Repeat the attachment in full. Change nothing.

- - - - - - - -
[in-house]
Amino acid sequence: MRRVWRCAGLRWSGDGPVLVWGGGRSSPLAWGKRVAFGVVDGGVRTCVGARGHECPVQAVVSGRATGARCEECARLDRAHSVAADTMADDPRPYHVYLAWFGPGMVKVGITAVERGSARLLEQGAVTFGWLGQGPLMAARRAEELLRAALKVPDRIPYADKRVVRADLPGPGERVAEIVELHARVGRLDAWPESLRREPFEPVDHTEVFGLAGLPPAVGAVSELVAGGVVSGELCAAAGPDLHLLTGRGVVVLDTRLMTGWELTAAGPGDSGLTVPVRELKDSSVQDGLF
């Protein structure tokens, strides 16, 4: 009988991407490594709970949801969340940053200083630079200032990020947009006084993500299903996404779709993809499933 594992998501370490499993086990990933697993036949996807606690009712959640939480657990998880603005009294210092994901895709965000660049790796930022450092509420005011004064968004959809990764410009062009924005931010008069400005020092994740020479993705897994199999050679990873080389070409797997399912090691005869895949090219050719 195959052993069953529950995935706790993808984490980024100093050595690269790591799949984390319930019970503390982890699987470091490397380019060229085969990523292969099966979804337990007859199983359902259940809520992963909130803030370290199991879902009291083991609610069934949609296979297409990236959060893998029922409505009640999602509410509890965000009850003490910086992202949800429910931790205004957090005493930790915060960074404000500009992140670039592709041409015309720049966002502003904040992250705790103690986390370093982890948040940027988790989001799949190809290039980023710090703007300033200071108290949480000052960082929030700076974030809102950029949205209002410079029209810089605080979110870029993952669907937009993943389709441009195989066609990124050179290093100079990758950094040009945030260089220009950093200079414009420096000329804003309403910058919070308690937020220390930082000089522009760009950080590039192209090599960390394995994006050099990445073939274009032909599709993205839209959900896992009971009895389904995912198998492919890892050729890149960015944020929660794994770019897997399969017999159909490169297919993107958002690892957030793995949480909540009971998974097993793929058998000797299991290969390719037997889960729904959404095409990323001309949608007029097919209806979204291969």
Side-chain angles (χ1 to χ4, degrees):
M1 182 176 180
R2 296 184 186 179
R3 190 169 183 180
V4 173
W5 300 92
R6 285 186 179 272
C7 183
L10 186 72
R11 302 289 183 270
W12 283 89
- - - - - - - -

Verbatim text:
[in-house]
Amino acid sequence: MRRVWRCAGLRWSGDGPVLVWGGGRSSPLAWGKRVAFGVVDGGVRTCVGARGHECPVQAVVSGRATGARCEECARLDRAHSVAADTMADDPRPYHVYLAWFGPGMVKVGITAVERGSARLLEQGAVTFGWLGQGPLMAARRAEELLRAALKVPDRIPYADKRVVRADLPGPGERVAEIVELHARVGRLDAWPESLRREPFEPVDHTEVFGLAGLPPAVGAVSELVAGGVVSGELCAAAGPDLHLLTGRGVVVLDTRLMTGWELTAAGPGDSGLTVPVRELKDSSVQDGLF
């Protein structure tokens, strides 16, 4: 009988991407490594709970949801969340940053200083630079200032990020947009006084993500299903996404779709993809499933 594992998501370490499993086990990933697993036949996807606690009712959640939480657990998880603005009294210092994901895709965000660049790796930022450092509420005011004064968004959809990764410009062009924005931010008069400005020092994740020479993705897994199999050679990873080389070409797997399912090691005869895949090219050719 195959052993069953529950995935706790993808984490980024100093050595690269790591799949984390319930019970503390982890699987470091490397380019060229085969990523292969099966979804337990007859199983359902259940809520992963909130803030370290199991879902009291083991609610069934949609296979297409990236959060893998029922409505009640999602509410509890965000009850003490910086992202949800429910931790205004957090005493930790915060960074404000500009992140670039592709041409015309720049966002502003904040992250705790103690986390370093982890948040940027988790989001799949190809290039980023710090703007300033200071108290949480000052960082929030700076974030809102950029949205209002410079029209810089605080979110870029993952669907937009993943389709441009195989066609990124050179290093100079990758950094040009945030260089220009950093200079414009420096000329804003309403910058919070308690937020220390930082000089522009760009950080590039192209090599960390394995994006050099990445073939274009032909599709993205839209959900896992009971009895389904995912198998492919890892050729890149960015944020929660794994770019897997399969017999159909490169297919993107958002690892957030793995949480909540009971998974097993793929058998000797299991290969390719037997889960729904959404095409990323001309949608007029097919209806979204291969």
Side-chain angles (χ1 to χ4, degrees):
M1 182 176 180
R2 296 184 186 179
R3 190 169 183 180
V4 173
W5 300 92
R6 285 186 179 272
C7 183
L10 186 72
R11 302 289 183 270
W12 283 89